The Federal Government will Become America's Model Employer for the 21st Century.
Recruit, Retain and Honor a World-Class Workforce to Serve the American People.
Find out more about Federal compensation throughout your career and around the world.
Staffing to align with your agency's mission
Review the new 2014 Federal Employees' Group Life Insurance (FEGLI) Handbook
Answering your questions about Healthcare and Insurance
Manage your retirement online.
Human Resources and Security Specialists should use this tool to determine the correct investigation level for any covered position within the U.S. Federal Government.
OPM’s Human Resources Solutions organization can help your agency answer this critically important question.
Developing senior leaders in the U.S. Government through Leadership for a Democratic Society, Custom Programs and Interagency Courses.
Visit this federal site to search for our regulatory notices, proposed and final rules.
See the latest tweets on our Twitter feed, like our Facebook pages, watch our YouTube videos, and page through our Flickr photos.
Agencies have greater flexibility in a reduction in force to assign retention credit for ratings in a competitive area where different summary patterns exist. This article explains requirements and explores flexibilities in crediting performance.
Agencies assign additional retention credit to an employee's length of service based on performance as reflected in the employee's three most recent ratings of record given during the four years prior to the reduction in force. In a competitive area where all of the credited ratings of record were given under a single pattern of summary levels (e.g., all given under a five-level program or all given under a two-level program), agencies must compute the additional service credit by averaging the three most recent ratings of record given in the previous four years using the following values:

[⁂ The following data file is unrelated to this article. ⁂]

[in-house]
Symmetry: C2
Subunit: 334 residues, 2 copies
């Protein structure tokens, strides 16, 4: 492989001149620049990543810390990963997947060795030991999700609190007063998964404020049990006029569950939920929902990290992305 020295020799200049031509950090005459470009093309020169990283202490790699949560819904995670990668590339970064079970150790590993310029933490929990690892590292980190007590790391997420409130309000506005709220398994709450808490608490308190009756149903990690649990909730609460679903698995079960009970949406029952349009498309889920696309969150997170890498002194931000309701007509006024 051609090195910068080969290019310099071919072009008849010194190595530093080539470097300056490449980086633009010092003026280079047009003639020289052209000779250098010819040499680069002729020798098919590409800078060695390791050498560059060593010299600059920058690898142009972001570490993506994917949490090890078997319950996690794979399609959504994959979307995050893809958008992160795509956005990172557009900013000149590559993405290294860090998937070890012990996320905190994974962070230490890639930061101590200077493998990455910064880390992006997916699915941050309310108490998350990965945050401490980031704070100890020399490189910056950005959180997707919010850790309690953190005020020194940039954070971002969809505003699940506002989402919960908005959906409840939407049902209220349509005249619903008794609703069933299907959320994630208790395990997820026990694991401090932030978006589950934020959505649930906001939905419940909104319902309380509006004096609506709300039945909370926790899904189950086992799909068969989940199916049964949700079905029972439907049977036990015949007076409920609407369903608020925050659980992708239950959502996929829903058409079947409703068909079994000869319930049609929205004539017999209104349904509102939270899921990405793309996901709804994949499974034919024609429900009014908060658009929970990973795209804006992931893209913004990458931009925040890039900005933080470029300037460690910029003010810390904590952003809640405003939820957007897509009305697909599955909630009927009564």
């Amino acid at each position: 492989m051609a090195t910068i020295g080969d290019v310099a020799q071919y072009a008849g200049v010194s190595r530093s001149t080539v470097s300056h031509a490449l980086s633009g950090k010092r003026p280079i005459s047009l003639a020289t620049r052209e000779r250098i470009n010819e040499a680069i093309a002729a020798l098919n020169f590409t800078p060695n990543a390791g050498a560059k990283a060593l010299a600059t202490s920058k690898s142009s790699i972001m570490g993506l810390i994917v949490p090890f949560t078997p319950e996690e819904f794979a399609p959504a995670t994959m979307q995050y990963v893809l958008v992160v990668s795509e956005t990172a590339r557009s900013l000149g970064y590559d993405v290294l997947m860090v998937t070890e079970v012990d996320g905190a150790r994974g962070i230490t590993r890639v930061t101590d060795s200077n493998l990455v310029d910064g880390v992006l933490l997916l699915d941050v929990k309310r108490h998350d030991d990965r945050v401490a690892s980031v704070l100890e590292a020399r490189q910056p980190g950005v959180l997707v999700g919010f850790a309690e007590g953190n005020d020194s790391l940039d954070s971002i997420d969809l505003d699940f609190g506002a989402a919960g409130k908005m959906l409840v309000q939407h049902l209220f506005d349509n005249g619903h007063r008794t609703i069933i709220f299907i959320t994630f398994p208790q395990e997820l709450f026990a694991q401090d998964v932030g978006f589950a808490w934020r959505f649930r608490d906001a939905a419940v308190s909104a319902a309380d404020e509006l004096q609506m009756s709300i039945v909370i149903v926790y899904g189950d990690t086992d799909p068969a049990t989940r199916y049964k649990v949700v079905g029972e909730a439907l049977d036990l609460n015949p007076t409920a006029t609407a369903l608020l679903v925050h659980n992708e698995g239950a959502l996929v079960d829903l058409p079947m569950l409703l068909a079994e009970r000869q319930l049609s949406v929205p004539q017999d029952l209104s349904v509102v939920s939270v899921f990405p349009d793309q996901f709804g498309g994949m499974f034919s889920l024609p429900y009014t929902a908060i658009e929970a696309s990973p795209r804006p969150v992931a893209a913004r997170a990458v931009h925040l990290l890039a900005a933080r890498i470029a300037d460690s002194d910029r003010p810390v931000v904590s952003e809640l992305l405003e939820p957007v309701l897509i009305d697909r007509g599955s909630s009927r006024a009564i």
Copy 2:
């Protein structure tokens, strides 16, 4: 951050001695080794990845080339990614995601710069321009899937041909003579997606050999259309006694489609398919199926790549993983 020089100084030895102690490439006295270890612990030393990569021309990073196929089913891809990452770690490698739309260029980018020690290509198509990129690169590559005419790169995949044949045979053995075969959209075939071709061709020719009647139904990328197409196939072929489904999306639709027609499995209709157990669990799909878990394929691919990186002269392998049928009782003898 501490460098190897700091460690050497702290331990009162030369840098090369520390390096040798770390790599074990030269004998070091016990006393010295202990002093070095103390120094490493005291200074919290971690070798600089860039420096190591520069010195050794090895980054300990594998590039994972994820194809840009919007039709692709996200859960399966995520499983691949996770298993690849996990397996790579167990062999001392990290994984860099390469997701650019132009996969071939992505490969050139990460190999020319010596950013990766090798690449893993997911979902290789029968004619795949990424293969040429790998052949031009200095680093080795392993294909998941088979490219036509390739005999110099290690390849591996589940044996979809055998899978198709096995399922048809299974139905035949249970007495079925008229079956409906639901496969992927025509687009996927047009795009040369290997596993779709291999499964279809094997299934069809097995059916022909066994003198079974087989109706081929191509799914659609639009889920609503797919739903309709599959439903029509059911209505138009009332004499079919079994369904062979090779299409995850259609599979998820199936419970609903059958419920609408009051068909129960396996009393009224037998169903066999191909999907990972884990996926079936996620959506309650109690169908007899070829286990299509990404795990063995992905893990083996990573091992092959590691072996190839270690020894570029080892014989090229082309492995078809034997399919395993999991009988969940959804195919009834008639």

However, if one or more employees within a competitive area received ratings of record that were given under different summary patterns (e.g., if some ratings of record were given under a five-level program and some were given under a two-level program), the resulting mix of summary patterns gives the agency flexibility for assigning years of service credit.
Under the regulations effective December 24, 1997, if a mix of summary patterns exists within a competitive area, agencies must consider how they will credit performance (but they need not change from the 12-16-20 formula). They can vary the values assigned to ratings so that performance crediting will be as equitable as possible, within the following limitations:
Within these limitations, agencies can credit performance - when a mix of patterns exists in a competitive area - in a variety of ways, including:
For example, an agency may assign 20 years additional service credit for each Level 4 (Exceeds Fully Successful or equivalent rating) as well as 20 years of additional service credit for each Level 5 (Outstanding or equivalent rating) in the same summary pattern in the same competitive area and the same reduction in force.
When making their decision about the amount of additional service credit to assign each level, agencies should base the decision on an analysis of the unique situation of the competitive area, the mix of summary patterns, and the relative number of employees under each pattern.